Shen Yun’s Stunning Opening Show at Radio City

NEW YORK—Bursting with color and vitality, the stage at Radio City Music Hall in New York came alive with the Shen Yun Performing Arts Touring Company Saturday afternoon. The first show to celebrate the arrival of the Lunar New Year and Year of the Tiger had the audience enthralled. The audience enthusiastically called for an encore from soprano Geng Haolan, who sang “Reaching the Other Shore” initially and then “Awakening” to follow up.

Midge Pych, director of the Family Resource Center in Connecticut, said the show was wonderful.

“It’s definitely worth seeing—very colorful, and in a way you definitely could remember it later on,” she said at intermission. “It was quick moving and colorful, and the background scenes are wonderful.”

The digital backdrops at Shen Yun bring classical Chinese dance into the 21st century, giving each scene added visual depth and grandeur. From majestic celestial palaces to sprawling Mongolian grasslands, each backdrop is designed to match a dance’s costumes, story line, lighting, and choreography.

Using Chinese classical dance and music, stories from ancient China through today are performed in handmade silk costumes.

“When it tells a story, nobody is talking and you know what the story is,” Ms. Pych said. “It’s like what they did with the tiger, and he drank three glasses of wine. There was no vocabulary, there was just the music and the movement.”

The dance Ms. Pych refers to is Wu Song Battles the Tiger. In this scene from one of China’s most beloved novels, Outlaws of the Marsh, a man-eating tiger plagues a small village that borders a forest.

On the outskirts of town lies an inn whose alcohol is so potent that a sign proclaims, “Three Bowls of Wine and You Have to Stay the Night.” Hunters who try to take on the tiger fail. But when a village man is killed, the mighty Wu Song decides to stalk the beast himself. After imbibing a full three bowls at the inn he stumbles off the save the day.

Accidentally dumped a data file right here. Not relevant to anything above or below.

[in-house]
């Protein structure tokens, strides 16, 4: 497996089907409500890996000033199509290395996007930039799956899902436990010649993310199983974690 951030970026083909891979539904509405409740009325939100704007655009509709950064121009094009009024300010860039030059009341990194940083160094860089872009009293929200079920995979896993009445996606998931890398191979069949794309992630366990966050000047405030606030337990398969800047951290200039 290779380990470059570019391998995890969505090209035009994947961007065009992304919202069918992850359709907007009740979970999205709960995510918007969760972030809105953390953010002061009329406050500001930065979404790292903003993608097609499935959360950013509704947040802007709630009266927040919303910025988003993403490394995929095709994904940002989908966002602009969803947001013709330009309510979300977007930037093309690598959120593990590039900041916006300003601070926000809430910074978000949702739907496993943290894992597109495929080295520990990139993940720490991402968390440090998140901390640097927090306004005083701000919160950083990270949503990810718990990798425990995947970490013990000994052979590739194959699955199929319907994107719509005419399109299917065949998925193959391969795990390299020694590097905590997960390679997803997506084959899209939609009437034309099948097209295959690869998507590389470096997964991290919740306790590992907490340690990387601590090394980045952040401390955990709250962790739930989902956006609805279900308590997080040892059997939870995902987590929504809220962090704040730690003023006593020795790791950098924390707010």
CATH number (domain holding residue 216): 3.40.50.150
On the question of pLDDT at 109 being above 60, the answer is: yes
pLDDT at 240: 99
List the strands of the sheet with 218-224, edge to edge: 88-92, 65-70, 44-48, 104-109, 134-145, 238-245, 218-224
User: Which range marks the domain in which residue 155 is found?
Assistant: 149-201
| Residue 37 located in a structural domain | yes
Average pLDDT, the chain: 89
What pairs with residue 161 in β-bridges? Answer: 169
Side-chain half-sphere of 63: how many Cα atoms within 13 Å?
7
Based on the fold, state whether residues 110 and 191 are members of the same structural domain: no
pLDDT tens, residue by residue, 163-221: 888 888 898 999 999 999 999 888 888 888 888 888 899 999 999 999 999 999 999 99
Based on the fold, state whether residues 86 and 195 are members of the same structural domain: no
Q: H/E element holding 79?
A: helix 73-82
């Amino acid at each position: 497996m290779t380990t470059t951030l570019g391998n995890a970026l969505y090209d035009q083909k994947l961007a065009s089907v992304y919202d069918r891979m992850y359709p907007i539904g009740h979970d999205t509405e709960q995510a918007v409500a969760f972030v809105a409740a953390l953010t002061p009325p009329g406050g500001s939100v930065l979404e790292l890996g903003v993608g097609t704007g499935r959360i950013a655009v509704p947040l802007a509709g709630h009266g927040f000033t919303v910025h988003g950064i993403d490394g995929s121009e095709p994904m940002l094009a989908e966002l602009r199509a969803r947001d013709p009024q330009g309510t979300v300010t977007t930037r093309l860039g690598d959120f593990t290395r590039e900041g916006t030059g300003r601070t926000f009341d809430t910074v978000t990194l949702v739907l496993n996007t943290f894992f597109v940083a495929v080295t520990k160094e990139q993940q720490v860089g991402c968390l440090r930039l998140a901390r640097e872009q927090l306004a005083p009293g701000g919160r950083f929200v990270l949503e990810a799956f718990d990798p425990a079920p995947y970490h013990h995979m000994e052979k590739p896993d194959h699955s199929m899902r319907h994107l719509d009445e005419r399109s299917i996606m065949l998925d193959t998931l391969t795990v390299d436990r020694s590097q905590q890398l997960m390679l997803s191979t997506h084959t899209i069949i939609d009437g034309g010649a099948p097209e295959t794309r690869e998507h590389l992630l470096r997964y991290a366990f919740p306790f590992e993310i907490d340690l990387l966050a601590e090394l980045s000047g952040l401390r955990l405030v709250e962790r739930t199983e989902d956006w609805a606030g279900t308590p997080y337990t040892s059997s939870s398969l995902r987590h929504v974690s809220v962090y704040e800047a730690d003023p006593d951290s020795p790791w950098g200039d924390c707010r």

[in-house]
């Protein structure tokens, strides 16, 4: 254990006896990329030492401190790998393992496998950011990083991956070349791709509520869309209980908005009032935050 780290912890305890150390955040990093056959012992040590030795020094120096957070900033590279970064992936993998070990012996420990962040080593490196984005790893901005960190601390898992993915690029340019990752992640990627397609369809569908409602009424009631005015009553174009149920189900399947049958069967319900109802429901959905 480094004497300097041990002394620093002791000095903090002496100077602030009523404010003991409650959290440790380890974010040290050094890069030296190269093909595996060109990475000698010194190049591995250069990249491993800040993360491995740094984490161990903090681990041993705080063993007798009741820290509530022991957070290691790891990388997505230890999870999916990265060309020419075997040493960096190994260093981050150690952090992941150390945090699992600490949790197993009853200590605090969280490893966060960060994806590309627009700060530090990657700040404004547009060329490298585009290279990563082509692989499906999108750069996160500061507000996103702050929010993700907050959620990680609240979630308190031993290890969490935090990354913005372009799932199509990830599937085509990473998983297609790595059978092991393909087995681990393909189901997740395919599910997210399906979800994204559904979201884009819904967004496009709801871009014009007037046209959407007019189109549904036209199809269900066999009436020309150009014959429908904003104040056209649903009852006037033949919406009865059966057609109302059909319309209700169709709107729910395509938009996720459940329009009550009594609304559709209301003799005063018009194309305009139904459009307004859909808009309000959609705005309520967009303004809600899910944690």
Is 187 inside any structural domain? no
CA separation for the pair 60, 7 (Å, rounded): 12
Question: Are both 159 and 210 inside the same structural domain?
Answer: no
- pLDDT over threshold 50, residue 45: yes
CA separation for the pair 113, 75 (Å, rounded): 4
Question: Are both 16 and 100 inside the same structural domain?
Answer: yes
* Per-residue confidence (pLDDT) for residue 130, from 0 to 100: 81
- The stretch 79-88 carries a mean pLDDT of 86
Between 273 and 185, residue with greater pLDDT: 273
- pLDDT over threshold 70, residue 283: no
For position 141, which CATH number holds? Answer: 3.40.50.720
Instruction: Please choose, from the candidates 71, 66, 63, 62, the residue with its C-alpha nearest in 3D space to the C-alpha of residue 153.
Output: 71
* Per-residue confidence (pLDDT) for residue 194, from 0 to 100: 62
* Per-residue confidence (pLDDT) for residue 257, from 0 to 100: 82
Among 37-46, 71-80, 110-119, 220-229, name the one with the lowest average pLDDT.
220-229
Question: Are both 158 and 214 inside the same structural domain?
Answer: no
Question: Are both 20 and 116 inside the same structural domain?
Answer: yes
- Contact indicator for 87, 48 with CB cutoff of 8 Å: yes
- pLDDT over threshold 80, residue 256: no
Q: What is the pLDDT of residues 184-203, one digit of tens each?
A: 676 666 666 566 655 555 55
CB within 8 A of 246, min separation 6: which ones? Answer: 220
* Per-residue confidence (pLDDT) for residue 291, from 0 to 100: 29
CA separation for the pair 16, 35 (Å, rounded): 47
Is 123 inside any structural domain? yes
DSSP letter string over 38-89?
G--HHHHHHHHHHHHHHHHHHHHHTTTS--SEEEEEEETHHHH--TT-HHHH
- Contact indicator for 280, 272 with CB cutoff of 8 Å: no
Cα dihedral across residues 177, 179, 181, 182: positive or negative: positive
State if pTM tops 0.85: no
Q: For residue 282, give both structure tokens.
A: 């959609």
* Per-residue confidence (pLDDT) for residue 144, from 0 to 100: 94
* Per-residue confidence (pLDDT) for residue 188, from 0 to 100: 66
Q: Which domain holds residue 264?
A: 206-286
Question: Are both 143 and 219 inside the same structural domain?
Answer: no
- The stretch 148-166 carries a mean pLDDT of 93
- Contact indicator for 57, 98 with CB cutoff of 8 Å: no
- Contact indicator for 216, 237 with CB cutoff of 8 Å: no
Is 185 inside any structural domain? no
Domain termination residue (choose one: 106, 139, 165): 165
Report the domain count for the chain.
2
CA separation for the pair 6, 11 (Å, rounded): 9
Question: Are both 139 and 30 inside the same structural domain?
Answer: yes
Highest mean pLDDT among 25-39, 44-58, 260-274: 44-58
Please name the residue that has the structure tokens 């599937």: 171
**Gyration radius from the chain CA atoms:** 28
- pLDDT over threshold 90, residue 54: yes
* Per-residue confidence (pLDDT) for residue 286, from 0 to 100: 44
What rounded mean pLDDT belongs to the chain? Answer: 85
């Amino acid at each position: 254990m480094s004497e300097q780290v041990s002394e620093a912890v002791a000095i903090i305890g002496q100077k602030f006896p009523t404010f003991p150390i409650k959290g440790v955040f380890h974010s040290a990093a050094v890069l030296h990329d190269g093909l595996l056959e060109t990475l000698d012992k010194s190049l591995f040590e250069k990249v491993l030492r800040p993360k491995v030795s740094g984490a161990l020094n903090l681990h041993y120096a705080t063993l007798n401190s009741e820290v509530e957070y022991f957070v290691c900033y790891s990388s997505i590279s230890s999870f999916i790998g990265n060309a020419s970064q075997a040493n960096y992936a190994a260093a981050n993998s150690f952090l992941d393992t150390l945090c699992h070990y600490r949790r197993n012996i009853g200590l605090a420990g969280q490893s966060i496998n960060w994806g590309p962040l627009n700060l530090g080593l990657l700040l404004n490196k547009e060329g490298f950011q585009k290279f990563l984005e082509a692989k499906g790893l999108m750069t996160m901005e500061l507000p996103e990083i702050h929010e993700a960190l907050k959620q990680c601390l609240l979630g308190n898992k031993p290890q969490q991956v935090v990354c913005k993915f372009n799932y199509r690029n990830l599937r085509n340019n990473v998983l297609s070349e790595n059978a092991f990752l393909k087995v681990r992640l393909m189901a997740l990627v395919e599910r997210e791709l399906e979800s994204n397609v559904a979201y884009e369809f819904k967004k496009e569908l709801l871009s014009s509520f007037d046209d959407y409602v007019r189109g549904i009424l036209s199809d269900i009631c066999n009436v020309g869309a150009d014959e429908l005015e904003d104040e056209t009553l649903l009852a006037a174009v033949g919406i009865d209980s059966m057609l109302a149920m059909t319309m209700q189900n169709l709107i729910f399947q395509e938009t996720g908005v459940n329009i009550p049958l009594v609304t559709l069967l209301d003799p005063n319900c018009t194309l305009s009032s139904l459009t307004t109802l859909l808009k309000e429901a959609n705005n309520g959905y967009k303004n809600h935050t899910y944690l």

Twelve Arrested in California for Disrupting Israeli Ambassador’s Speech

by Genevieve Long for The Epoch Times

Two high ranking Israeli officials were heckled during speeches at universities on opposite sides of the world on Monday and Tuesday.

At the University of California at Irvine (UCI) campus on Monday night, 12 people were arrested after disrupting a speech by Israel’s Ambassador to the United States, Michael Oren. On Tuesday, Deputy Foreign Minister Daniel Ayalon’s speech at Oxford University in London was disrupted when protesters yelled at Ayalon during his speech and waved a Palestinian flag.

Those arrested for disturbing the peace included 12 students from UCI, UC Riverside and other institutions

The hecklers, who were part of a large group sitting together, yelled things like “propagating murder is not an expression of free speech,” and “you sir, are accomplice to genocide.” Every person who stood up to yell at the Ambassador was immediately taken out of the auditorium and arrested. One woman yelled, “When I go to the West Bank I get treated like crap!” as she was being escorted out to the building.

Many of the slogans were impossible to hear over the screaming, clapping encouragement from members of the group.

Scores of audience members shouted and gestured at the group of hecklers, cheering when the group left the auditorium.

Ambassador Oren, who was speaking on the historical relationship between America and Israel, was forced to stop less than two minutes into his speech and left the podium several times because of hecklers. At one point after returning to the podium, Oren said, “It’s not London, it’s not Jerusalem, but it’s also not Tehran.”

The entire group, which was linked to the campus Muslim Student Union, was eventually removed from the premises. Many stayed in a group outside of the building, yelling, “Michael Oren you will see, Palestine will be free.”

See the video of Oren’s speech here:

Years After Fleeing Haiti, Reaching Out to Devastated Colleagues

by Genevieve Long for The Epoch Times

NEW YORK—For Haitians in the U.S., the aftermath of the recent earthquake in their native country has been a traumatic ordeal. As they try to reach friends, family, loved ones, and colleagues day after day, even making a simple phone call is almost impossible. And when a call does go through, the news is usually traumatic, horrible, and tragic.

In journalist Jean Roland Chery’s case, his immediate family—including his beloved mother—is safe, but living in dire straits like many Haitians. In early 2003, Chery was a reporter with Radio Haiti-Inter, and had to flee the country. His colleagues were being killed, not in the aftermath of a natural disaster, but by armed gunmen. After someone opened fire on his house one night, he escaped to New York City with the help of the Committee to Protect Journalists (CPJ). His wife and child followed soon after.

These days, seven years later, Chery can often be found in the CPJ office trying to get through to his colleagues still on the ground in Haiti. Working in cooperation with CPJ, he is searching for information about the number of dead, injured, and missing. But he’s also gathering a tally of destroyed or damaged equipment and buildings, lost archives, and other logistical needs of journalists.

Read the full story here